Paradigm shift in radiation therapy technology in India - PDF Version
Radiotherapy is a multidisciplinary speciality that uses complex equipment and radiation sources to deliver doses of radiation to the planned treatment volume. The objective is to deliver therapeutic doses to the delineated target volume consistent with the clinical requirement while keeping doses to surrounding normal tissues as low as practicable. Radiation therapy technologists ((radiation therapist (RTT) in ESTRO)) play an important role in the procedural steps of radiotherapy practice and their contributions are significant in particular in treatment planning, patient simulation/verification treatment, aiding in fabrication, treatment delivery and patient evaluation during the treatment.
Radiation oncology teams in India (radiation oncologists, medical physicists, radiation therapists and nurses)
The Association of Radiation Therapy Technologists of India (ARTTI) was formed in 1996. About 1500 RTTs work in departments of radiation oncology in India, of whom 1000 are active members of the association.
ARTTI was founded with the objective of encouraging the use of radiation technology and physics in medicine. The main objectives of the association are the development of academic activities and provision of a medium for the exchange of information between individuals to help members to keep abreast of the latest advances in technology. It provides a forum for RTTs to conduct annual conferences (at national and international levels) and for the exchange of ideas and dissemination of new knowledge. The association collaborates with similar associations around the world to raise the quality of radiotherapy in India.
In recent years the field of radiation oncology has undergone a sea change in its conventional treatment approach due to technological revolution, and this latest technology is coming to India in a big way. Various new radiation techniques have been introduced such as three-dimensional conformal radiotherapy (3D CRT), intensity modulated radiotherapy (IMRT), image guided radiotherapy (IGRT), four-dimensional radiotherapy (4D RT), stereotactic radiosurgery (SRS), stereotactic radiotherapy (SRT), deep inspiration breath hold (DIBH) methods, prone breast radiotherapy, rapid arc therapy and proton therapy. The present-day external beam therapy and brachytherapy machines are highly sophisticated and fully computerised, so RTTs must be highly trained to operate the machines in order to achieve accurate and precise execution of the techniques. The RTTS must be highly intelligent and disciplined and be well-versed in quality assurance of both the equipment and of various specialised radiotherapy techniques. RTTs are also involved with patient communication and care; they are the key people who deliver the radiation to the patient.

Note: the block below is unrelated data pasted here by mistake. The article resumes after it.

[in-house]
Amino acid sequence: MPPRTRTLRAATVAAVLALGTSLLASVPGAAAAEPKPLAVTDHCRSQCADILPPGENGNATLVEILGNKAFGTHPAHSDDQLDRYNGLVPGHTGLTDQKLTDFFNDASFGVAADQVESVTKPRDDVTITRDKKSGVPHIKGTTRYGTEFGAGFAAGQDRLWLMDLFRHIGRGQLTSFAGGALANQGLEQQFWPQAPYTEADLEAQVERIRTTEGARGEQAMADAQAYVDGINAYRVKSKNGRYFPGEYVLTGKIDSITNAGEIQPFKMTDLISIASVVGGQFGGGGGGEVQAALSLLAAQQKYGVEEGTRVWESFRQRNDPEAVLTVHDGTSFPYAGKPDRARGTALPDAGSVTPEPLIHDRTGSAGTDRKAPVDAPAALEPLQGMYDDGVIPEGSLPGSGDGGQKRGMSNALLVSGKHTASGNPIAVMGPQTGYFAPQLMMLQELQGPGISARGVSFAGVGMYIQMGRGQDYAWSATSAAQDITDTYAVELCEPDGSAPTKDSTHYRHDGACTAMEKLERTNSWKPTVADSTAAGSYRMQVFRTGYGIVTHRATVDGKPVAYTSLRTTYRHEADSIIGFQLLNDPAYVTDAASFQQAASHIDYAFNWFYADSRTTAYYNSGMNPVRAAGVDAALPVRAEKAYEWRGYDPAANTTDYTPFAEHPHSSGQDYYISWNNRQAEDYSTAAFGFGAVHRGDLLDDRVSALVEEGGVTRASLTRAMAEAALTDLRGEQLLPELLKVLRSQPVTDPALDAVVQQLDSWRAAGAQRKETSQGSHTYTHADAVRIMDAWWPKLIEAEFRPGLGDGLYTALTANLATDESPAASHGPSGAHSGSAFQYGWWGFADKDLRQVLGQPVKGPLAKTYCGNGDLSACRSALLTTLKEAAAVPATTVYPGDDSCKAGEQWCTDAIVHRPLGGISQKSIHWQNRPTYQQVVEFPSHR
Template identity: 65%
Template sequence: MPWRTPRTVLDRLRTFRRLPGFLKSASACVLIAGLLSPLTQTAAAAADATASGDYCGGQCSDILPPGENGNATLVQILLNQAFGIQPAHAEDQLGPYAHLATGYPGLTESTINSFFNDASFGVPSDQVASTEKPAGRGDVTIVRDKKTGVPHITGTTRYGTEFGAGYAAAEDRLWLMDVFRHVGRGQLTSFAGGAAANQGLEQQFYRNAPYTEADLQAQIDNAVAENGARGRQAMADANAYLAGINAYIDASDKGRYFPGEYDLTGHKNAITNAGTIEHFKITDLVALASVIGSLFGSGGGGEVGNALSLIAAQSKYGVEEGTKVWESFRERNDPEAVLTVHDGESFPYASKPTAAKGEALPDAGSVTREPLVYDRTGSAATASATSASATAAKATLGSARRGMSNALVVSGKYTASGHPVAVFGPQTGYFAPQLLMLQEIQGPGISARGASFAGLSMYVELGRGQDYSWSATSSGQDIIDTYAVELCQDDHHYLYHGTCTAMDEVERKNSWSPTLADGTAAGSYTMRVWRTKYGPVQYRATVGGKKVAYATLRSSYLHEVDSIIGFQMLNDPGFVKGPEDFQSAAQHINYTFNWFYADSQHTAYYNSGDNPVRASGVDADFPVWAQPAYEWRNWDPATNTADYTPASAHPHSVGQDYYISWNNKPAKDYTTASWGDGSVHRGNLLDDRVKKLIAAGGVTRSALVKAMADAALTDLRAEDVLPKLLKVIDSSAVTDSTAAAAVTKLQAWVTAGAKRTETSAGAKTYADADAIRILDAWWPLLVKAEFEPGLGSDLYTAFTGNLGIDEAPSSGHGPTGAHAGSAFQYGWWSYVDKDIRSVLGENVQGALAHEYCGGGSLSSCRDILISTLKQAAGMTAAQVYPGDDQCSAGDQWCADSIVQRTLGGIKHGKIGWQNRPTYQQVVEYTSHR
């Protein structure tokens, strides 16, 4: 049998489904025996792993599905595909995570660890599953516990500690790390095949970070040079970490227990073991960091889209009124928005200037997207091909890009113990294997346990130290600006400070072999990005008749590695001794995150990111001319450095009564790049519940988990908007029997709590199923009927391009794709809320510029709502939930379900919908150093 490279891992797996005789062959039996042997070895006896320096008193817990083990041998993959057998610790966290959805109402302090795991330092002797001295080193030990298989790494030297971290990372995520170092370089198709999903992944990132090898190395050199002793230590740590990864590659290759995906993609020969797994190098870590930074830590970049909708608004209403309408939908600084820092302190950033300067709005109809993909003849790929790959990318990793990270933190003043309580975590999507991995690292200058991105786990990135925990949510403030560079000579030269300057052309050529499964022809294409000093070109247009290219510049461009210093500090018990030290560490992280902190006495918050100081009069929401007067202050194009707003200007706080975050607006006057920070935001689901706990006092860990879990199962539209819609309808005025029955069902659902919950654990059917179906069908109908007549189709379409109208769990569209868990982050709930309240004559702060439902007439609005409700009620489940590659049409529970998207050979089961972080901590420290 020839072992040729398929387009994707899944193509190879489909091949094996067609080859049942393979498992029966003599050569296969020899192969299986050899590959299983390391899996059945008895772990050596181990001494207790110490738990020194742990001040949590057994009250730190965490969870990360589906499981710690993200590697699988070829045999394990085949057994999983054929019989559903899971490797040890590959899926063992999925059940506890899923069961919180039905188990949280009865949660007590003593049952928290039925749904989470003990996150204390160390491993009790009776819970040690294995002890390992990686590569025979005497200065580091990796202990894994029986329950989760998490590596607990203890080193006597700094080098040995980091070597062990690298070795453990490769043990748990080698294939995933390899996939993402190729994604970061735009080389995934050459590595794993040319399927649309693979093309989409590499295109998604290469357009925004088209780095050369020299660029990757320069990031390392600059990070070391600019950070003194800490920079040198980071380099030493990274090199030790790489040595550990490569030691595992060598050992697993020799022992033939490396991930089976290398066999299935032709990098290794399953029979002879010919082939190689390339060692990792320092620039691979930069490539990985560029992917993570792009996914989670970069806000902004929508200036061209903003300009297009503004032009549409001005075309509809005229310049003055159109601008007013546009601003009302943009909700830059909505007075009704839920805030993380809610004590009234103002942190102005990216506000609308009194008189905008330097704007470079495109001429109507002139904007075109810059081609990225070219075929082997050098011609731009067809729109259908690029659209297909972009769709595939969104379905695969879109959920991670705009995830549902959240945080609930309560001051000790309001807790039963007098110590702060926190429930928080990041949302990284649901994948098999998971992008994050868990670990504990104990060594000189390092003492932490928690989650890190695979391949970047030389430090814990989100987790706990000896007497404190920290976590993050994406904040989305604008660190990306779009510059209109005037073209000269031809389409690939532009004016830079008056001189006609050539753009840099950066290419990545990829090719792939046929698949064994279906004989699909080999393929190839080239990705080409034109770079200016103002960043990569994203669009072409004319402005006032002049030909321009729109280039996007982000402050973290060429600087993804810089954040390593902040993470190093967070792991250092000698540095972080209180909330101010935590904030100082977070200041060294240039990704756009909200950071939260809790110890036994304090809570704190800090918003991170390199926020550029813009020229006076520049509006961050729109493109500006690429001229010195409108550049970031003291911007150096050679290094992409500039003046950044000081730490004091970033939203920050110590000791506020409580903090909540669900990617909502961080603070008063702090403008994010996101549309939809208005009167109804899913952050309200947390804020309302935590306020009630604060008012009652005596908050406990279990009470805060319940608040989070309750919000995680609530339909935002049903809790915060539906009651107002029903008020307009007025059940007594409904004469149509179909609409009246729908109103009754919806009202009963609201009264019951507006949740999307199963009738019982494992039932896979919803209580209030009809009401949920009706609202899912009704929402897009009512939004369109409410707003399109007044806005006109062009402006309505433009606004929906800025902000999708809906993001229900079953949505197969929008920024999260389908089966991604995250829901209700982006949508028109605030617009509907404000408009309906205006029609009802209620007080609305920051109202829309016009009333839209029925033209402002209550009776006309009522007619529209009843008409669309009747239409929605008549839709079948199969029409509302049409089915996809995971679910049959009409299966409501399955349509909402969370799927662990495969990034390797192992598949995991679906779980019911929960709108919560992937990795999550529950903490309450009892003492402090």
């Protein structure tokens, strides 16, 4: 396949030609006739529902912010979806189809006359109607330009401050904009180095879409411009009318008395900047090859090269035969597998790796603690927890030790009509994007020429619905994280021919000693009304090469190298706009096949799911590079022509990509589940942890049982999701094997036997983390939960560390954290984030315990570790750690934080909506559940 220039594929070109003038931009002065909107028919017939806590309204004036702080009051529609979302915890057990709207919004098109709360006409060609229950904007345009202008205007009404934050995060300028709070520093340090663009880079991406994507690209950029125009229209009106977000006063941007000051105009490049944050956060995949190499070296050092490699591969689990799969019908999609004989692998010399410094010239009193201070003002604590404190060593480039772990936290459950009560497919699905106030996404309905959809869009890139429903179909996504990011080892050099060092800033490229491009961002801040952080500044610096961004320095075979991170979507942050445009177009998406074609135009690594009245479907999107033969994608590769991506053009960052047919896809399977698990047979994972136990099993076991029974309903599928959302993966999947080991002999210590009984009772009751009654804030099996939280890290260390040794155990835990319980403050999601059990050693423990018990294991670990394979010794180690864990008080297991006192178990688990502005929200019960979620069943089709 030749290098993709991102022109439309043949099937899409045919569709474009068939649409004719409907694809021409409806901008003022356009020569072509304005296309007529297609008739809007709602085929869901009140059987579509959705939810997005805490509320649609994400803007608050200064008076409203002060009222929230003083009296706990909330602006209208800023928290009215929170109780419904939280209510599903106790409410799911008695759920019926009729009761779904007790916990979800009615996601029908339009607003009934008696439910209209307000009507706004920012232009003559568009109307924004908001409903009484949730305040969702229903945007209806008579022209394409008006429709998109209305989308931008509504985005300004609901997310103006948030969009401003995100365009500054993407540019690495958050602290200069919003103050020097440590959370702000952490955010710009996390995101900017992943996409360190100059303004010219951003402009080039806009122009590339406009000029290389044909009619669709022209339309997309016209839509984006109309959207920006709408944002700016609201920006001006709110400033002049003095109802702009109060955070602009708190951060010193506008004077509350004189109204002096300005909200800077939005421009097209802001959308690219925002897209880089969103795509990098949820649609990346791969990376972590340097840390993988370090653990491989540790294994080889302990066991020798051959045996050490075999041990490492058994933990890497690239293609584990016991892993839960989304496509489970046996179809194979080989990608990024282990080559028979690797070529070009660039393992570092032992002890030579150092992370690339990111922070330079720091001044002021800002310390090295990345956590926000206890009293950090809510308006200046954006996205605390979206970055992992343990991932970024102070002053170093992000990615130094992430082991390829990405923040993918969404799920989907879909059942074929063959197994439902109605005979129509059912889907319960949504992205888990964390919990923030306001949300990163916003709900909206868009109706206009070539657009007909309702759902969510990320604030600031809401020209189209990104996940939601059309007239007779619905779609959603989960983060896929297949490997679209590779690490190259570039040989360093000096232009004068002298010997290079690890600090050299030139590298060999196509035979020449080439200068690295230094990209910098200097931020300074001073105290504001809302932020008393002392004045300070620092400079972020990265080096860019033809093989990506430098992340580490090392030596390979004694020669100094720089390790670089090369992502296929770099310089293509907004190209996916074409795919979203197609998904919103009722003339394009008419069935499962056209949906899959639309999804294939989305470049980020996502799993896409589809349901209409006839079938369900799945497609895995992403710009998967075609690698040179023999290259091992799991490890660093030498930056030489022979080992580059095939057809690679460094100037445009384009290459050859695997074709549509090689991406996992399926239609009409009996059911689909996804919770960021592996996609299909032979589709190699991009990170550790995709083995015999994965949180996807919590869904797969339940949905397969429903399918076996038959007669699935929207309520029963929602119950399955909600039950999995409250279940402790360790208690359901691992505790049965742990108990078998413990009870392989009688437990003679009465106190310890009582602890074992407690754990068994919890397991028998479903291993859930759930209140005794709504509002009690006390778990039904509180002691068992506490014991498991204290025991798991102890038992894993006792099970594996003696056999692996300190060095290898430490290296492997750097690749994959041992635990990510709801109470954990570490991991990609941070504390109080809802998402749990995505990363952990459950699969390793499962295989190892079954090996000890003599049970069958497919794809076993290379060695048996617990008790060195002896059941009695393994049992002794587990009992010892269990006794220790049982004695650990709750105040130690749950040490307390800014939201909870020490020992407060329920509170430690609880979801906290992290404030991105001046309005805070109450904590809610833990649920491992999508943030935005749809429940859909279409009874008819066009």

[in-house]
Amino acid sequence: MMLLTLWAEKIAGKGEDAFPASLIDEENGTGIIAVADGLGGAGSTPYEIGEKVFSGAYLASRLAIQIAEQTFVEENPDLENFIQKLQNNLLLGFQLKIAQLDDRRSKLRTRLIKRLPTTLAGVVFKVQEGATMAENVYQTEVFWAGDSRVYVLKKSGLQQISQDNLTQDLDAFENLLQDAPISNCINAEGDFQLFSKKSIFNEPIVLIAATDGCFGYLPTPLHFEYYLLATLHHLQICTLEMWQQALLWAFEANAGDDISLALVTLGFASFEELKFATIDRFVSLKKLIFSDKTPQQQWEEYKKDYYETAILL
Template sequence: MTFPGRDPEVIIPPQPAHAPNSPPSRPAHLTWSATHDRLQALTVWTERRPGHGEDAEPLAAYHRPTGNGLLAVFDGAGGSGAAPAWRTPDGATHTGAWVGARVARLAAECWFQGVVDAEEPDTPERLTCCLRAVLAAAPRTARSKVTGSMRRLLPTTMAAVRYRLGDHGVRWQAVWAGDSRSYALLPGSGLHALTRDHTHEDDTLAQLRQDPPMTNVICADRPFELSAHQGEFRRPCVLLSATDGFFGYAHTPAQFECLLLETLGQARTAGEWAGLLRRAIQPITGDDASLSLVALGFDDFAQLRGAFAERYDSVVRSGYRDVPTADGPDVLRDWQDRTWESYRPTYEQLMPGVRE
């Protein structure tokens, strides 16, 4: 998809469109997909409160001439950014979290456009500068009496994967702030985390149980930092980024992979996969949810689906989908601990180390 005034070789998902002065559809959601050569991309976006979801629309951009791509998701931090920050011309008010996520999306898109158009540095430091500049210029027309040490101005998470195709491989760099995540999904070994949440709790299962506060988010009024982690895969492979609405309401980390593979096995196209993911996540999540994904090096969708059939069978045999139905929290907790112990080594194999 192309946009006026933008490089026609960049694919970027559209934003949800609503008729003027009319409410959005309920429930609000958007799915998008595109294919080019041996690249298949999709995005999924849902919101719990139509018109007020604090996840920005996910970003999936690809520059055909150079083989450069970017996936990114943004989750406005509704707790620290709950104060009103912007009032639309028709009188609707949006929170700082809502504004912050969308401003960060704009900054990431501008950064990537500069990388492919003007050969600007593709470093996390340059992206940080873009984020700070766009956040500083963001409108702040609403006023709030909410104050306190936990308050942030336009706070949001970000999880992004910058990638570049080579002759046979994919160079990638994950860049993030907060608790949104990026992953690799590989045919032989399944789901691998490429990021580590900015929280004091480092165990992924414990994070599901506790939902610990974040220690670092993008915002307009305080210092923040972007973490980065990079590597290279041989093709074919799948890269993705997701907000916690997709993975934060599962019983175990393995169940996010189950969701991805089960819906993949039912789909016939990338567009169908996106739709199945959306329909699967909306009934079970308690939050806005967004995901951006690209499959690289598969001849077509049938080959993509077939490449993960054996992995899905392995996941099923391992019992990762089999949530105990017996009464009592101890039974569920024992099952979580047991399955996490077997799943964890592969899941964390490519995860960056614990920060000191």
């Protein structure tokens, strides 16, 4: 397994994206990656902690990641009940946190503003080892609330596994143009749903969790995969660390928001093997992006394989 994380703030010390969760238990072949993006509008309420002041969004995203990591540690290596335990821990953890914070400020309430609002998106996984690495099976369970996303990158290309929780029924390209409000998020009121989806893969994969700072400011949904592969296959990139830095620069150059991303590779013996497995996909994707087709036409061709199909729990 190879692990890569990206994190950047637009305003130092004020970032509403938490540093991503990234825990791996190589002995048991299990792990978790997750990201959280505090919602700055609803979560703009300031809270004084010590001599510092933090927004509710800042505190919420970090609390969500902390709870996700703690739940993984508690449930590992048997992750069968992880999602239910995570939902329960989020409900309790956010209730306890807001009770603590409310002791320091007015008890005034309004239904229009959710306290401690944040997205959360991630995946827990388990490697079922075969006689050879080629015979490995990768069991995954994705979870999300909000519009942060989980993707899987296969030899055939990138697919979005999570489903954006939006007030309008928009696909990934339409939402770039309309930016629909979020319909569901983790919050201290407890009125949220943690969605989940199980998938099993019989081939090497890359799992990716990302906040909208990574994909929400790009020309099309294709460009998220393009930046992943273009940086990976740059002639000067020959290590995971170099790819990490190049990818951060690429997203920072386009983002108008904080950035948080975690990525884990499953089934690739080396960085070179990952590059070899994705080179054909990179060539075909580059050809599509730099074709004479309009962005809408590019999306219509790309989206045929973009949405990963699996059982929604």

In India there are two ways through which a student can become a RTT. One is through completion of a two-year postgraduate diploma in radiation therapy and the other is through completion of a three-year degree course in radiotherapy. These courses are run by government and private universities. ARTII promotes the education of budding RTTs by holding academic activities from time to time. These include seminars, quizzes, poster displays and oral presentations, and it organises radiation safety programmes.
My heartfelt condolences go to those who have lost their loved ones in this pandemic. It is a tough time for all of us. I salute all the medical professionals and support staff for their tireless efforts to serve patients, both in India and in other countries.
RTTs are among the frontline workers who come into direct contact with patients for extended periods of time, every day. Their work with patients who have cancer remains crucial and continues each day, even during a pandemic.
Thank you and best wishes
Prakash Umbarkar (senior radiation therapist)
P.D Hinduja Hospital
National academic coordinator & west zonal secretary
ARTTI of India